After a couple more weeks, the newly minted cells take on the appearance of mature nerve cells, and after two months, they are indistinguishable from neurons elsewhere in the brain. Once the cells finish maturing, they integrate into the rest of the hippocampus, where they remain for a lifetime. “Most of the dentate gyrus is formed after birth,” Gage says. “A lot of it is formed in the first four years of life. That’s when you’re getting your baseline of memories. Then a low level of neurogenesis persists.”
In part, this continuous crop of fresh cells may keep new memories from disrupting old ones, like increasing the storage capacity on your hard drive. But scientists including Gage believe that the main purpose of these adult-born nerve cells is to encode a kind of memory called pattern separation, which is necessary for the accuracy of memories because it keeps similar experiences from overlapping.
“New neurons are helping to distinguish between events that are close to each other,” Gage says. Let’s say someone offers you a banana. The dentate gyrus records the fact that you’ve just seen a yellow tropical fruit. “It’s like a bar code,” he says. “You put the bar code of the banana into the dentate. It’s coded with lots of information.” When you see another banana, the dentate will determine whether it’s the same one. But if the next fruit is an apple, the dentate doesn’t get excited, Gage says, because the difference is so big you know it’s not déjà vu.
New neurons don’t bother with vastly different information, instead working to separate locations and images that are similar, like one departure gate from the next at the airport. In 2009, Gage and his colleagues described in Science some of the strongest evidence for the theory, with the food-finding experiment comparing how two groups of mice learned to navigate a maze to find a reward. One group had a normal dentate gyrus, and the other was incapable of neurogenesis because researchers had knocked out the dentate with X-rays.
New nerve cells may help to distinguish not only among related locations, but also events occurring close in time. A computer program written by Gage and colleagues to mimic the neural network of the dentate gyrus suggests that the adolescent cells respond easily to a new stimulus. But as those cells mature, they lose their hair trigger for reacting to new events, the team reported in 2009 in Neuron.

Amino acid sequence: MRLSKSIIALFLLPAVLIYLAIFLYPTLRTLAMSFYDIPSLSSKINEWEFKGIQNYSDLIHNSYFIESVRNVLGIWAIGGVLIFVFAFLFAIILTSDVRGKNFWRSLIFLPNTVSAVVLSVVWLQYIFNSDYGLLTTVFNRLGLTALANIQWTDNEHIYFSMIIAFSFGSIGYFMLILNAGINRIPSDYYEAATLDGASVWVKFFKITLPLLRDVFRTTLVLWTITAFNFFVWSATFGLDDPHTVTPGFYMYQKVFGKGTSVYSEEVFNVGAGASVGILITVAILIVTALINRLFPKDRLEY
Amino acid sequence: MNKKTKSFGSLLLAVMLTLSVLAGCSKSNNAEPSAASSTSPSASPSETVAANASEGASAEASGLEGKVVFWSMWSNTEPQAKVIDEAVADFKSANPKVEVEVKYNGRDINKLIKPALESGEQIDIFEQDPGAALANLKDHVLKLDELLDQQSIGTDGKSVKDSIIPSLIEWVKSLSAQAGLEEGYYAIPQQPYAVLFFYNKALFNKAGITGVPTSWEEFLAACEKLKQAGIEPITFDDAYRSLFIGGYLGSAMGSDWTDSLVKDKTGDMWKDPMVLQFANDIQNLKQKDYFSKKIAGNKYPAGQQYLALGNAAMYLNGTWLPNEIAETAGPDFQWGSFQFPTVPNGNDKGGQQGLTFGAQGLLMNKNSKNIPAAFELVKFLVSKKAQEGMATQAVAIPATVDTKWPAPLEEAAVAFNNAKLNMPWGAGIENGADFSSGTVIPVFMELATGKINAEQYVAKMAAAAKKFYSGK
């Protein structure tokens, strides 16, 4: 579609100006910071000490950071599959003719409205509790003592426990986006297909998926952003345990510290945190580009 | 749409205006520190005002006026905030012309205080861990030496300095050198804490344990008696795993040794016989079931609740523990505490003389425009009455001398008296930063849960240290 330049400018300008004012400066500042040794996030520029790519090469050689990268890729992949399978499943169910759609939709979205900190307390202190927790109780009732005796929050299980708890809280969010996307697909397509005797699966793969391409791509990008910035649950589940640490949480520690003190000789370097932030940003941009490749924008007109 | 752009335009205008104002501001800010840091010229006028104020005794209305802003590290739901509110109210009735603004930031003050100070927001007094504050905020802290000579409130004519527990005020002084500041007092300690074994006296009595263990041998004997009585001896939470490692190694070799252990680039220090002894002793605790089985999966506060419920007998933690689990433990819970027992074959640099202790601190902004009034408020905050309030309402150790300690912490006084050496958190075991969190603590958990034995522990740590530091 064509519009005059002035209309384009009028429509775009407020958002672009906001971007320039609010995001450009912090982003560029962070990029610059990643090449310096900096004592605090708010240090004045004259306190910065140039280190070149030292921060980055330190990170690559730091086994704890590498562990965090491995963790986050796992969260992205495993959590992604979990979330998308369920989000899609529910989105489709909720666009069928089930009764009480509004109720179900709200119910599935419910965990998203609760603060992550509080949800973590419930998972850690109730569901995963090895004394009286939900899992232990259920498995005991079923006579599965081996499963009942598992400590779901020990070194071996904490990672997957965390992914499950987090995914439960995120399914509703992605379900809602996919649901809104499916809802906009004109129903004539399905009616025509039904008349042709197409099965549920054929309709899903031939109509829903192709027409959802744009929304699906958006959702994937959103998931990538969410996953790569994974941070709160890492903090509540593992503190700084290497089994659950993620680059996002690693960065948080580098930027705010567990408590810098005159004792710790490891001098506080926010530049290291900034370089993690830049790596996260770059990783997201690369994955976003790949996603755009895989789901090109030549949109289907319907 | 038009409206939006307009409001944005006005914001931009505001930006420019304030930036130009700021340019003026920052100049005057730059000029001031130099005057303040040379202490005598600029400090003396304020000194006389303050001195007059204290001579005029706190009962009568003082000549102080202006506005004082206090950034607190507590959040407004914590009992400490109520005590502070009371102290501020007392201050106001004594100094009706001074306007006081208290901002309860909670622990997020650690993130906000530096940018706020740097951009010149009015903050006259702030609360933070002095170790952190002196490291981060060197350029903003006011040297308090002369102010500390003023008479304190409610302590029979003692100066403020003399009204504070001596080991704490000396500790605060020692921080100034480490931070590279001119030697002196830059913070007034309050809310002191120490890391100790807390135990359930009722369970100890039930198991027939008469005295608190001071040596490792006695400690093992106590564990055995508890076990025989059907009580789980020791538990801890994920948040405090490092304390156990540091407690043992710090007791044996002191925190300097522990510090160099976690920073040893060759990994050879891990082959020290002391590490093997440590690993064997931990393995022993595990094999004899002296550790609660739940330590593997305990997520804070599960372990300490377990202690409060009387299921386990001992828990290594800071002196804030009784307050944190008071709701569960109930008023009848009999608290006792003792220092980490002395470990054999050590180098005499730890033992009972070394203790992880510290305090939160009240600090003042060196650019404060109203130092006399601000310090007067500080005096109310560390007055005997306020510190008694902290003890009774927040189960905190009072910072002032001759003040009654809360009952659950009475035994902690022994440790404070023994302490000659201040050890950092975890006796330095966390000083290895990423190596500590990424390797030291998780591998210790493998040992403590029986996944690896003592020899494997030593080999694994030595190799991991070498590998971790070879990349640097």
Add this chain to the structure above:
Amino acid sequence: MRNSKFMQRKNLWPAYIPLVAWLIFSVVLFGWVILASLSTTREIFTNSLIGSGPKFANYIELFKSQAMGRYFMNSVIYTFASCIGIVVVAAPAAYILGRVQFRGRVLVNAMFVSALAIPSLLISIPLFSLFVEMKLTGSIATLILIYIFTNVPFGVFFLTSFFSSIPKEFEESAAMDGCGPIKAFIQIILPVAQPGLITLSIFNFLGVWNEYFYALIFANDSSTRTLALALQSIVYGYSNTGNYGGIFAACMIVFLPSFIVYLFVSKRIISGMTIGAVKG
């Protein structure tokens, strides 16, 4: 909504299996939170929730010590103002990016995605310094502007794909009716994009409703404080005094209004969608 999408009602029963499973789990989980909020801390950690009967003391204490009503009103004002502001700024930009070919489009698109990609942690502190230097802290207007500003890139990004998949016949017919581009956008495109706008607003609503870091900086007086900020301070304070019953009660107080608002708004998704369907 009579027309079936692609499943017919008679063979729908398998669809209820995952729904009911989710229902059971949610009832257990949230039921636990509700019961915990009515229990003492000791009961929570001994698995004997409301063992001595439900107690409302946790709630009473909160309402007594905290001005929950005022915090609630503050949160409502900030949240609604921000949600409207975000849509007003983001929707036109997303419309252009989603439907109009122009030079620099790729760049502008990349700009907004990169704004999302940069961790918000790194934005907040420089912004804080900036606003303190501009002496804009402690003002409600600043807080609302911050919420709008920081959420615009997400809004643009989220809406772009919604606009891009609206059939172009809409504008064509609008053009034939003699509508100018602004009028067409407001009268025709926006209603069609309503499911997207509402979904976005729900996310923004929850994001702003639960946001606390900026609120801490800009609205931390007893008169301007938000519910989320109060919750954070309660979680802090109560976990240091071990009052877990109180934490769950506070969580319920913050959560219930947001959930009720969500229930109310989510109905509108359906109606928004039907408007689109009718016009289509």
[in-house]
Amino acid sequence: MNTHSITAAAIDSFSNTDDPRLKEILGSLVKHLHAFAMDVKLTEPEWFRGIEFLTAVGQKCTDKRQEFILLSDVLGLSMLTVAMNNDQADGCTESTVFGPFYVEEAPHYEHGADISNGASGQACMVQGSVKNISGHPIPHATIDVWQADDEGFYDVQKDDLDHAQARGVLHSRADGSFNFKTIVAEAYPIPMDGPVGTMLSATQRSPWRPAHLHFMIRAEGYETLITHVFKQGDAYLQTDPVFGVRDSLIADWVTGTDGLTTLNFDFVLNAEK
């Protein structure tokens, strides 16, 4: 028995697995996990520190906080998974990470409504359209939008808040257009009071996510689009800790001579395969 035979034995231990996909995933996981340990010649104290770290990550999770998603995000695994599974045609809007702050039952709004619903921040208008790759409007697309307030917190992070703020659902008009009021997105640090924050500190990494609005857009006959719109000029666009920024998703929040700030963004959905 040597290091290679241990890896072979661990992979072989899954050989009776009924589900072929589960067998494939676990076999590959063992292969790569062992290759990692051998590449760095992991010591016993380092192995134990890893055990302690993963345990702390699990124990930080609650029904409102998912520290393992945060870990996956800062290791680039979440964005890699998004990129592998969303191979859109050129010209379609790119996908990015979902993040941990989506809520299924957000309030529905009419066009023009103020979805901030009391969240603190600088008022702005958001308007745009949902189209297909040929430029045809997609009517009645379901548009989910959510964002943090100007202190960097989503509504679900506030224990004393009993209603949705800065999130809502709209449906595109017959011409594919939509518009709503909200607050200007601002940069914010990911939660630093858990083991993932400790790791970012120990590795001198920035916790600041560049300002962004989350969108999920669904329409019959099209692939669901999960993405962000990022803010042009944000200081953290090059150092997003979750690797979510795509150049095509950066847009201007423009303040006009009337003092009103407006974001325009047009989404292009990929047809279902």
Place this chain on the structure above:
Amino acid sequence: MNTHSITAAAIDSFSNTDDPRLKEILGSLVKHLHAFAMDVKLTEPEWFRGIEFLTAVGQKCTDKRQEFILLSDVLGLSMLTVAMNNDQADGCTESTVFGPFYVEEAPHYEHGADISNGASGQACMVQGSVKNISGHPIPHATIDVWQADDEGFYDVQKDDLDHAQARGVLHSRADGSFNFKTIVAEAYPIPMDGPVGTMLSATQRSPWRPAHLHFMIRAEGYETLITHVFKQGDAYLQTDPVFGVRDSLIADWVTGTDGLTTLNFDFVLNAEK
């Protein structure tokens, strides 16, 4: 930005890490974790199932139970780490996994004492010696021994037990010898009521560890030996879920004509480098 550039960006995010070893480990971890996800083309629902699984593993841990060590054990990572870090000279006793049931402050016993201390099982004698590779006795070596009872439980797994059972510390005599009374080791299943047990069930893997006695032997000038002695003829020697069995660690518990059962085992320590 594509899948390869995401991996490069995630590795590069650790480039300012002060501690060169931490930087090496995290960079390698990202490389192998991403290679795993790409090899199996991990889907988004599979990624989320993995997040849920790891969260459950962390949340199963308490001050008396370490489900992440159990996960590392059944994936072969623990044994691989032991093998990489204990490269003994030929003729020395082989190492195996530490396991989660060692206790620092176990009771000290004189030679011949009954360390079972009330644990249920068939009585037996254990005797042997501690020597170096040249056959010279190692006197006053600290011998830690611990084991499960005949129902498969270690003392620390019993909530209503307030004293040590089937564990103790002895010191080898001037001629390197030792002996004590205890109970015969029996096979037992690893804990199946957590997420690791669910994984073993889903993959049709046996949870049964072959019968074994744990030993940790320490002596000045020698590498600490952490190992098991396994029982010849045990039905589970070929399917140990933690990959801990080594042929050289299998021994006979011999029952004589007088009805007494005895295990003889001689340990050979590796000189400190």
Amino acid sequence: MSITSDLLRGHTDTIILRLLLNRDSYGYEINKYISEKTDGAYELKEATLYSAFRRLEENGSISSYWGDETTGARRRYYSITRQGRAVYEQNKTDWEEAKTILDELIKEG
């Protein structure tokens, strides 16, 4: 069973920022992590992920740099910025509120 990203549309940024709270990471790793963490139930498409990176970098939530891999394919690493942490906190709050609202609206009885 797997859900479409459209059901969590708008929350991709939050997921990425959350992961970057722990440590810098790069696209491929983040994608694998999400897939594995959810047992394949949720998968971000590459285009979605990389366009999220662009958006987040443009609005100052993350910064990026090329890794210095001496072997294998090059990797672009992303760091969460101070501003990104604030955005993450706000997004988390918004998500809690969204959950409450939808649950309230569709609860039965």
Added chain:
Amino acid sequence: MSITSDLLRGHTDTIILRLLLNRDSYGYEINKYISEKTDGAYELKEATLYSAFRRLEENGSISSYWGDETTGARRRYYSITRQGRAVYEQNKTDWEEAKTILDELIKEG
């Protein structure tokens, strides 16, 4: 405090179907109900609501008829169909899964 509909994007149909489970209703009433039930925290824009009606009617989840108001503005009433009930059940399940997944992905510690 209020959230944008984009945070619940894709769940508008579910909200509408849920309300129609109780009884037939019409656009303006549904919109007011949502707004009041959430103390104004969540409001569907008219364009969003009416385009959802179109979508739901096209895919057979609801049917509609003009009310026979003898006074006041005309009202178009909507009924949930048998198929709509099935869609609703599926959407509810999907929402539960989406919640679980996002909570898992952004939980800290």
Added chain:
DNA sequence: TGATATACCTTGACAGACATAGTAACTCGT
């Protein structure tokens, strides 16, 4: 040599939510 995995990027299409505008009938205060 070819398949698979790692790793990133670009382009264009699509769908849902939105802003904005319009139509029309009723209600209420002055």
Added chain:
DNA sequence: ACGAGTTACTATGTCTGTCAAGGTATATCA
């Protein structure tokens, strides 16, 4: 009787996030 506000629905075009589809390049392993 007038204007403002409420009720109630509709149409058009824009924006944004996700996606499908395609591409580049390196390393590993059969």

Those cells that fire together during their youth are forever linked, Gage proposes, sequencing and connecting events in time when the memories finally crystallize in the brain. That’s one reason, he says, why people often bring up associated memories when trying to recall something (what was I doing when I put down my keys?).
For memory to be accurate, the brain doesn’t record just an image but the entire context, says Raymond Kesner, a psychology professor at the University of Utah in Salt Lake City. “If you try to remember a story, time and place will always be important.”
Work by Kesner and his colleagues has helped scientists understand exactly what kinds of patterns undergo separation (similarities in distance, time or sequence), and how the dentate gyrus works in concert with the rest of the hippocampus. For example, in experiments described in 2008 in Hippocampus, Kesner’s team demonstrated that rats with a disabled dentate gyrus had difficulty remembering the locations of objects, along with the order they were presented, when the distance between the two objects in the test was small. But the rats had no difficulty when the objects were far apart. His experiments support the idea that neurons in the dentate gyrus are vital for remembering the order in which the brain encounters similar objects in space — like the locations of landmarks passed on a road trip.
Much of the evidence for the dentate gyrus’s involvement in pattern separation comes from experiments done in animals and with theoretical models. But Stark and his team have also demonstrated the effect in people. Volunteers were shown images while undergoing functional MRI scans that detected brain activity. First, the participants saw a series of new images. Not surprisingly, the dentate gyrus appeared active — the brain was recording the new images. In another round of the experiment, people were shown a series in which many of the images were unique, but only subtly so (such as a picture of a jack-o’-lantern, followed by a picture of another jack-o’-lantern with a differently carved face). When people could detect the difference, their brains lit up as if the images were completely new. But when people mistook a new image for a previous one, the dentate gyrus did not stir, Stark’s group reported in 2008 in Science.